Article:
This week, we talk about the completely preventable tragedy of a hospital hit by U.S.-NATO forces, some good environmental news, girls climbing mountains and Internet protesters.
A hospital that was run by the organization Doctors Without Borders in Kunduz, Afghanistan, was hit as part of a NATO airstrike, killing 22 people, including staff of the organization. A statement from Doctors Without Borders called it a war crime and they demand an investigation. Because of the bombing, the organization is leaving Kunduz.
If you want to donate to Doctors Without Borders, you can do so here. Sidenote: This is the organization I donate to instead of the Red Cross during any kind of crisis or disaster.
The airstrike was seemingly in conjunction with Afghan forces reclaiming the city from Taliban rule. This account by Amnesty International describes what life was like under Taliban control (trigger warning for rape).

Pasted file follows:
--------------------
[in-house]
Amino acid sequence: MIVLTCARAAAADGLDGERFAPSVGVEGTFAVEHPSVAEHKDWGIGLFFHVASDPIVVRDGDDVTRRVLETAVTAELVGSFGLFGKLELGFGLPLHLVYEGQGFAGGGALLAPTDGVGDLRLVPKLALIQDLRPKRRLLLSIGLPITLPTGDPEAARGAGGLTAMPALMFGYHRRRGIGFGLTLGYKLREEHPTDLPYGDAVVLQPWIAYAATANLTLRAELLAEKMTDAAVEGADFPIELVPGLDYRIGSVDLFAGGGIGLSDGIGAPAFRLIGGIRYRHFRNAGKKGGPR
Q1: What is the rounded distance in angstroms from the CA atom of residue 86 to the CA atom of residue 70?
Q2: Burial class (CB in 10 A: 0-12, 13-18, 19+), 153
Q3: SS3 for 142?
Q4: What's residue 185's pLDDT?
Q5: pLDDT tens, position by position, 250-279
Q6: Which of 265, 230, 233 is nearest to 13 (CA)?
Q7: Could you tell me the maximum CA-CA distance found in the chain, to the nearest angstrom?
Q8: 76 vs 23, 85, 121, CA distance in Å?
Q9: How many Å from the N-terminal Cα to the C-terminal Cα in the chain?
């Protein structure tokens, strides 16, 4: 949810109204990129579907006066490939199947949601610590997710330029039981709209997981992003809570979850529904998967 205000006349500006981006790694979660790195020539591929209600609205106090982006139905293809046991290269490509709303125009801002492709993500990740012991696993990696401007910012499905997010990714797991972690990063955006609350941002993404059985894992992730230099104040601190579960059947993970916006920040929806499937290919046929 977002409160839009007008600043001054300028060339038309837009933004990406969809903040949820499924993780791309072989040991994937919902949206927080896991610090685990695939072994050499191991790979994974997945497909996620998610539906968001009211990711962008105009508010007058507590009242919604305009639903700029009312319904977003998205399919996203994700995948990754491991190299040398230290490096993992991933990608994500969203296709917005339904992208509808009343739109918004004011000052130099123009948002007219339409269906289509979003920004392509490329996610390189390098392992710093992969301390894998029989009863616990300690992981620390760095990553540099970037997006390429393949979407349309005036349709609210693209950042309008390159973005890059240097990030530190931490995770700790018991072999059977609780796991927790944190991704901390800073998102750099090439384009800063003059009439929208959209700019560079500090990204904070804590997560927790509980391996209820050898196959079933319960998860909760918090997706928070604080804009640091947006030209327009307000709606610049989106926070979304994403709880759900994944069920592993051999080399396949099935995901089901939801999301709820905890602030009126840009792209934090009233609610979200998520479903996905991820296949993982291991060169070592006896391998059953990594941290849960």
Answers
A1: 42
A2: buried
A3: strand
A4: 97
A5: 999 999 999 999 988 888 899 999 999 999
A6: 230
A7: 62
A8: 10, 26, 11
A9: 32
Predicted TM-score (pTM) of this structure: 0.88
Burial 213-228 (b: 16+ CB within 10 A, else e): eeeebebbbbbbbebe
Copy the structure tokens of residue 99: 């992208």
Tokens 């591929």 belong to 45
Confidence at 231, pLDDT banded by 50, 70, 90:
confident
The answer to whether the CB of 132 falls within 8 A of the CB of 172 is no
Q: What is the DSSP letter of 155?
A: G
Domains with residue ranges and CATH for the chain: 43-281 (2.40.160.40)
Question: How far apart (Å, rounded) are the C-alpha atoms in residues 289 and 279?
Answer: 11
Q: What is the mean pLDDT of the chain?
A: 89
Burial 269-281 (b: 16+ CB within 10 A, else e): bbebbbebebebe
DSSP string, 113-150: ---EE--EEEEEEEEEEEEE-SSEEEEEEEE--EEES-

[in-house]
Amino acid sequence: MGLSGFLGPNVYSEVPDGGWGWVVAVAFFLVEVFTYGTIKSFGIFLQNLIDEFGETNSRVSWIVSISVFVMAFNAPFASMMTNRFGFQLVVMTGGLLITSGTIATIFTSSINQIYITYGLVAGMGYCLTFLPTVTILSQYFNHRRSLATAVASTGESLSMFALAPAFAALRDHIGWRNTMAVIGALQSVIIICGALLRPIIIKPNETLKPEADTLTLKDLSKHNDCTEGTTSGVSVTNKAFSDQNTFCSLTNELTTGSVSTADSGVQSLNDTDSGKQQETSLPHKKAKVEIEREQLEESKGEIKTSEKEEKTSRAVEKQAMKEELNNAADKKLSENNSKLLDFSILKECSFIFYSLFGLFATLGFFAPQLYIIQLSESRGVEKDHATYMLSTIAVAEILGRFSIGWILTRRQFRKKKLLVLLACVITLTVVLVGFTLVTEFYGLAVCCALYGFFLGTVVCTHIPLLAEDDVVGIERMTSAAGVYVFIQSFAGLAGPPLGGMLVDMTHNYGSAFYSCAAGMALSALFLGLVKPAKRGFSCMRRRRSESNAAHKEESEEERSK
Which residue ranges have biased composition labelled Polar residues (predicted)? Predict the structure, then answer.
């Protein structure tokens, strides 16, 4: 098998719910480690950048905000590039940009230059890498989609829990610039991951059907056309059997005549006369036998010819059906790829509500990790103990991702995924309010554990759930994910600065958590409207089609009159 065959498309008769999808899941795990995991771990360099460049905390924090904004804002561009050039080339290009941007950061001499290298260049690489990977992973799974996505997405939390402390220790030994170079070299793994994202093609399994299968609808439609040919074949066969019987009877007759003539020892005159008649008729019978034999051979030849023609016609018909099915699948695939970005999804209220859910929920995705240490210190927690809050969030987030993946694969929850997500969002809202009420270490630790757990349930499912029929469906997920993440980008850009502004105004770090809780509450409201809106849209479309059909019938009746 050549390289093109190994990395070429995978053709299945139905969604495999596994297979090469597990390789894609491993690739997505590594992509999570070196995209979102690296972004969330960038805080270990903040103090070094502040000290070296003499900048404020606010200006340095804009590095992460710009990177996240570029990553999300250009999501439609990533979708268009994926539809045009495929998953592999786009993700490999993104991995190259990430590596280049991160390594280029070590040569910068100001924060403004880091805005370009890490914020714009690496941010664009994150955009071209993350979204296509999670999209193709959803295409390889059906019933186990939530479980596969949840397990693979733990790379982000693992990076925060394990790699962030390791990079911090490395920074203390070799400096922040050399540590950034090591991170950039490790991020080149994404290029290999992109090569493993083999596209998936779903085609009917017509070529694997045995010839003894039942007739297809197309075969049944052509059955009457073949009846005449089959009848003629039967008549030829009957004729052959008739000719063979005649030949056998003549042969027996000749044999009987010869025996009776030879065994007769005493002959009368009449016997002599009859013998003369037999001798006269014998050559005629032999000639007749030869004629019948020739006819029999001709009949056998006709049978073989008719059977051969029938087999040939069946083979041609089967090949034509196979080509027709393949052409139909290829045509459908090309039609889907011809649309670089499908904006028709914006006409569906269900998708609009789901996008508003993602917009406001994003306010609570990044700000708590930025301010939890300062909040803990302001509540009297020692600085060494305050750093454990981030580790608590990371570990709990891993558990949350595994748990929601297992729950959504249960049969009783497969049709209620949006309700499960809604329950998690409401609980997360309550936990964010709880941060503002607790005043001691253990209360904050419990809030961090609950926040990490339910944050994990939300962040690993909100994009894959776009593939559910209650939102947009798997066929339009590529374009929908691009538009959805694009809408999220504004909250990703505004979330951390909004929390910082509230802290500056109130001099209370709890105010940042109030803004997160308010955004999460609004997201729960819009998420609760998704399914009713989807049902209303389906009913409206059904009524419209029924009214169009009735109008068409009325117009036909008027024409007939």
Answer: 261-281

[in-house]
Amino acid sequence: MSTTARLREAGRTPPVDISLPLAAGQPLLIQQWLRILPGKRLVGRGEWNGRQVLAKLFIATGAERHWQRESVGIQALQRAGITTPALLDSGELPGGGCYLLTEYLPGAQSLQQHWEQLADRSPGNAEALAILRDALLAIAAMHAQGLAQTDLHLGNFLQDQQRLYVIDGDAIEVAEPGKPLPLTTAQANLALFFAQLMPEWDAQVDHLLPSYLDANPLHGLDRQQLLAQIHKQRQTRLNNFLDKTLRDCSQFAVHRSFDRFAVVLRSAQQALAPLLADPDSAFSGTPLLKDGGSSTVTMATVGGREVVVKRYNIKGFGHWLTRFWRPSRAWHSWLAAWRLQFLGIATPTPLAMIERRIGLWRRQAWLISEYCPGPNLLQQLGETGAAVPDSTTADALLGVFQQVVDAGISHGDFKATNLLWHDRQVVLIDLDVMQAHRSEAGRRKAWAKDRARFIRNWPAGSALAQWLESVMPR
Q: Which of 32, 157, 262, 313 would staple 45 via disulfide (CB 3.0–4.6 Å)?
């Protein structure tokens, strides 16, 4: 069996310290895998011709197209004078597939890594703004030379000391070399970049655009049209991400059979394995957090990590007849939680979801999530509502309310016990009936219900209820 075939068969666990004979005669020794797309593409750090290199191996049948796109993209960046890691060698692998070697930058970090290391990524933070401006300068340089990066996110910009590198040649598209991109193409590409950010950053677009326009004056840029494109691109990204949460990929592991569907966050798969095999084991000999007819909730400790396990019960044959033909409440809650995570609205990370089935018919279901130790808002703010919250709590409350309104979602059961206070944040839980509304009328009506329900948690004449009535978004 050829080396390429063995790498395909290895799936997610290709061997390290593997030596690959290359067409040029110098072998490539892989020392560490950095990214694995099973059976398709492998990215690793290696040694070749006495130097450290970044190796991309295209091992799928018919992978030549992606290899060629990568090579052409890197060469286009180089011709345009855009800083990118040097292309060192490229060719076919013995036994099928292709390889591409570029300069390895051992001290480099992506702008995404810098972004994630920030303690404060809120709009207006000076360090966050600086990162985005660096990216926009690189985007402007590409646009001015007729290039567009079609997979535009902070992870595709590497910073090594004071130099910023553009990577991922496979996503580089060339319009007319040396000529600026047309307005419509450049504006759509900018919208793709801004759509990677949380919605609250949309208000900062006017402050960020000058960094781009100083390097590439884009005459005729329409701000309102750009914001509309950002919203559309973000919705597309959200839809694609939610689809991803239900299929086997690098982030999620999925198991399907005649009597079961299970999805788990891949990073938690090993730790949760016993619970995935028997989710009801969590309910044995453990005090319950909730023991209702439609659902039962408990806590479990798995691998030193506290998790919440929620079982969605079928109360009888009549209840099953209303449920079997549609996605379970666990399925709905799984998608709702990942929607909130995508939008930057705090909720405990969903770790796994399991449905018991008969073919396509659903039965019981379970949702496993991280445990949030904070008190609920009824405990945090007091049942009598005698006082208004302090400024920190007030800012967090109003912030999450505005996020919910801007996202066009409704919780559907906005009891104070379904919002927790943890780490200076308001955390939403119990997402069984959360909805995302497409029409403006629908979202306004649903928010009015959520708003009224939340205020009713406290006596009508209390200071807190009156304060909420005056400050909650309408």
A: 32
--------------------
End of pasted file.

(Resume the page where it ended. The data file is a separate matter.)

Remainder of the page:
Shifting focus to the environment and slightly better news, India pledges to cut down on carbon emissions by 40% by the year 2030.
South Korea has pledged $500 million towards economic development in Pakistan, including, “infrastructure, hydropower, improvement of power distribution system, information technology and health sector.”
Novelist Perhat Tursun, sometimes referred to as China’s Salman Rushdie, is being published again, 16 years after the publication of his novel, The Art of Suicide. After its publication, Tursun began receiving death threats because the novel was deemed anti-Islamic. Perhat is from the Uighur ethnic minority of China.
Vogue published this profile on Poorna Malavath, the youngest girl to climb Everest.
Protests continue in Nepal over the new constitution and the government has now banned sale of petrol.
Recently, the Thai government announced they would make one Internet gateway to monitor what they deem “inappropriate content.” In what looks like a protest of the new policy, Thai government websites have been hit with a DDoS attack.
In a speech to the UN, Japanese Prime Minister Shinzo Abe pledged his country would triple aid to help Syrian refugees fleeing violence in their country.
Finally, though he is a more problematic figure than normally presented in quotes on Facebook, India took time to mark Mahatma Gandhi’s 146th birthday.